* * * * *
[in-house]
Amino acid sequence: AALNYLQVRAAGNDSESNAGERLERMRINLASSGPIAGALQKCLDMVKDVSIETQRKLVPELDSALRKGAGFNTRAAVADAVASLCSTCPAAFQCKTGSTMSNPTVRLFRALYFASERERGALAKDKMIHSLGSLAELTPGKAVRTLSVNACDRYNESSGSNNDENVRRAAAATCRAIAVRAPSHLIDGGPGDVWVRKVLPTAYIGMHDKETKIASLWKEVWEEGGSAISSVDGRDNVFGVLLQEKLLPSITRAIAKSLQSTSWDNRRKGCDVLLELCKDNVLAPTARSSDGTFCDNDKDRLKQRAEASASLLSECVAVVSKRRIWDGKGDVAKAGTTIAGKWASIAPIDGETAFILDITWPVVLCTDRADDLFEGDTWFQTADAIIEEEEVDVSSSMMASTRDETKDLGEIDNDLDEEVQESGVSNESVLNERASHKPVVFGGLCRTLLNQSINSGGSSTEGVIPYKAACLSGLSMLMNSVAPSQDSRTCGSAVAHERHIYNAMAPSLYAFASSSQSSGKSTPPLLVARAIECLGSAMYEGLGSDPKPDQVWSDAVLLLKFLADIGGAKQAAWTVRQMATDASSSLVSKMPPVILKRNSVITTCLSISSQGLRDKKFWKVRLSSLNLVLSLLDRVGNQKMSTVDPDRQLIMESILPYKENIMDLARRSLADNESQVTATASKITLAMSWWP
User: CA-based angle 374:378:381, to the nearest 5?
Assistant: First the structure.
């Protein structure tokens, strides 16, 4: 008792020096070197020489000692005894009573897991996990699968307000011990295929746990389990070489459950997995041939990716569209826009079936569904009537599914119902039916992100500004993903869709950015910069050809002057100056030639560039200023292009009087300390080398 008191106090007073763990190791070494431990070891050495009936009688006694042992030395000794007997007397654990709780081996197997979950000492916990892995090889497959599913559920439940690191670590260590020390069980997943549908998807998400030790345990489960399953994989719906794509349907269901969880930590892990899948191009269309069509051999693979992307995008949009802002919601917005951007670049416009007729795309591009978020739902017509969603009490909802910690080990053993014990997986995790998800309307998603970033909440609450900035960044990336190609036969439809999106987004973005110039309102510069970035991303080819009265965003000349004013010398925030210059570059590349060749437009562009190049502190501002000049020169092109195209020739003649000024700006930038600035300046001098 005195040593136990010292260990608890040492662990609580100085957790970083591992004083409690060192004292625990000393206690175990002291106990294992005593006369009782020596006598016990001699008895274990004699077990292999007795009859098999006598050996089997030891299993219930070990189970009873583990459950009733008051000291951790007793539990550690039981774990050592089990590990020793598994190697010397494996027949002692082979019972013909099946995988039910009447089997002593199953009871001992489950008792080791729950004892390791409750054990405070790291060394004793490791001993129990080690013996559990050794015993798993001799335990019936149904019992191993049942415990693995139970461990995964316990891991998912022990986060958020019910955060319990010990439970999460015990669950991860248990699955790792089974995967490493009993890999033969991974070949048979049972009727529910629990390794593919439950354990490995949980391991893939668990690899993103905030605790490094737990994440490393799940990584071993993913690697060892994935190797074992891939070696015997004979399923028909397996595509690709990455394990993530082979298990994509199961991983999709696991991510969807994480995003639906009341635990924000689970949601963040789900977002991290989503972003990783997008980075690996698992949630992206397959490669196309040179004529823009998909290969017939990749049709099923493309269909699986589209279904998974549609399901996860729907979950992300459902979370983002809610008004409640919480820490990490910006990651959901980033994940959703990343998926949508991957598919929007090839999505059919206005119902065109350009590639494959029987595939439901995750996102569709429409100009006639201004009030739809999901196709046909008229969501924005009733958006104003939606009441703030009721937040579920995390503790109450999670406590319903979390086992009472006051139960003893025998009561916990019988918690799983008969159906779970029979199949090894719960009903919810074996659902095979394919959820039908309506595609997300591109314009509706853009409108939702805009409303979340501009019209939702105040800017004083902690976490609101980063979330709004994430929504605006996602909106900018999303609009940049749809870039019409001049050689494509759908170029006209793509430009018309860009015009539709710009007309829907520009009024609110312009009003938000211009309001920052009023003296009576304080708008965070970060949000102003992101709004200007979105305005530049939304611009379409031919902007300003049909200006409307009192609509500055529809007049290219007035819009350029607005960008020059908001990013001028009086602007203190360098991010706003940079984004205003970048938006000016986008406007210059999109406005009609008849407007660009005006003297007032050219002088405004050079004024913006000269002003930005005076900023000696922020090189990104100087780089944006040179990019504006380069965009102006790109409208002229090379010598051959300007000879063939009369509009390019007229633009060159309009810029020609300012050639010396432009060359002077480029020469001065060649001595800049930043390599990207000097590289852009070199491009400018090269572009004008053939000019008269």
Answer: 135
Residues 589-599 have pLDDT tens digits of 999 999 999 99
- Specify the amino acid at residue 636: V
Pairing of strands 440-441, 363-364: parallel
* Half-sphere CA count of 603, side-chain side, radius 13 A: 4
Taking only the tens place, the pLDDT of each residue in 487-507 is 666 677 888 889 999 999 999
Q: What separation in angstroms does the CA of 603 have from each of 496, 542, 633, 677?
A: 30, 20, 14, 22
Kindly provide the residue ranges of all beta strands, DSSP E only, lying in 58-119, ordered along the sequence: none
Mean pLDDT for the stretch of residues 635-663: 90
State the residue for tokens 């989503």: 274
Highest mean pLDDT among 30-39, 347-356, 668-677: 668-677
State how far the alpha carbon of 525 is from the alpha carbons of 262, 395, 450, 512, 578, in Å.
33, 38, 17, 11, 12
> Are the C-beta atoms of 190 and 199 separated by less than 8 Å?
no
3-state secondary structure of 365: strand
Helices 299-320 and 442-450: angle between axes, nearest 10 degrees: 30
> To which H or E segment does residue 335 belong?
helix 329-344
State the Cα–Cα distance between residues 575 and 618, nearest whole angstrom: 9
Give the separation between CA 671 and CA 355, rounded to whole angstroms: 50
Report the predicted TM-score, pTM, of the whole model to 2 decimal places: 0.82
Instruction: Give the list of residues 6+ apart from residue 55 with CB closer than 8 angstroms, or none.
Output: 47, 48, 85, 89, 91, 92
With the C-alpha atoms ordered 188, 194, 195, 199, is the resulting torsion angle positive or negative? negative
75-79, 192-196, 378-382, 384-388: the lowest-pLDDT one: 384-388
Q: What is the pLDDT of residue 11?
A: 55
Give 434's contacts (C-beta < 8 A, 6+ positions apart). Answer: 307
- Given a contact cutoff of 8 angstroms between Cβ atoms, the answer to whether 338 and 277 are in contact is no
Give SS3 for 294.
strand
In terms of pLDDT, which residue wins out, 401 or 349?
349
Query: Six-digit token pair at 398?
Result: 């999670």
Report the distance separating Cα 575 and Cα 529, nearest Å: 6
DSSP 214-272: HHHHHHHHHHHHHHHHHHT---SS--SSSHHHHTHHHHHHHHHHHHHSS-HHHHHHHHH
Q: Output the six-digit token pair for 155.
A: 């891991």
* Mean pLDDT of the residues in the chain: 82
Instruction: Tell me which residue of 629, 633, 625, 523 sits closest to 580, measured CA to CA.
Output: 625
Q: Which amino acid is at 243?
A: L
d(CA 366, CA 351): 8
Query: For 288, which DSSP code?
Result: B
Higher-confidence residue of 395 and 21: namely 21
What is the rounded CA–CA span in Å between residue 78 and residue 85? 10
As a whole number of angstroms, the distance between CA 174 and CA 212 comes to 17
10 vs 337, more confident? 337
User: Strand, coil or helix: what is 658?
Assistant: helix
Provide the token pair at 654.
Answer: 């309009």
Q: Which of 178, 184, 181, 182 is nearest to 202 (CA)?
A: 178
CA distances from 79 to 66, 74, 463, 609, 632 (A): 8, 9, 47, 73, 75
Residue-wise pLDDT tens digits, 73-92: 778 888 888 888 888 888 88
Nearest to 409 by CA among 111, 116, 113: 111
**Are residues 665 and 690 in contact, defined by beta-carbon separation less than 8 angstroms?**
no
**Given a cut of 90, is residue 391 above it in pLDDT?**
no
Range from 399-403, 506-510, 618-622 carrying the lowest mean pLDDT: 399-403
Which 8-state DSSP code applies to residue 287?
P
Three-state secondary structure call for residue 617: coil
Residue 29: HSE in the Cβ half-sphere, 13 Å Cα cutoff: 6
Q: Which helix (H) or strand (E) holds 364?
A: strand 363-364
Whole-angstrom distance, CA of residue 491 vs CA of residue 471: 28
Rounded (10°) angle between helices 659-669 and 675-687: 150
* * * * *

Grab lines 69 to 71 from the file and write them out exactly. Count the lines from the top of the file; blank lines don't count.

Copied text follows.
no
**Given a cut of 90, is residue 391 above it in pLDDT?**
no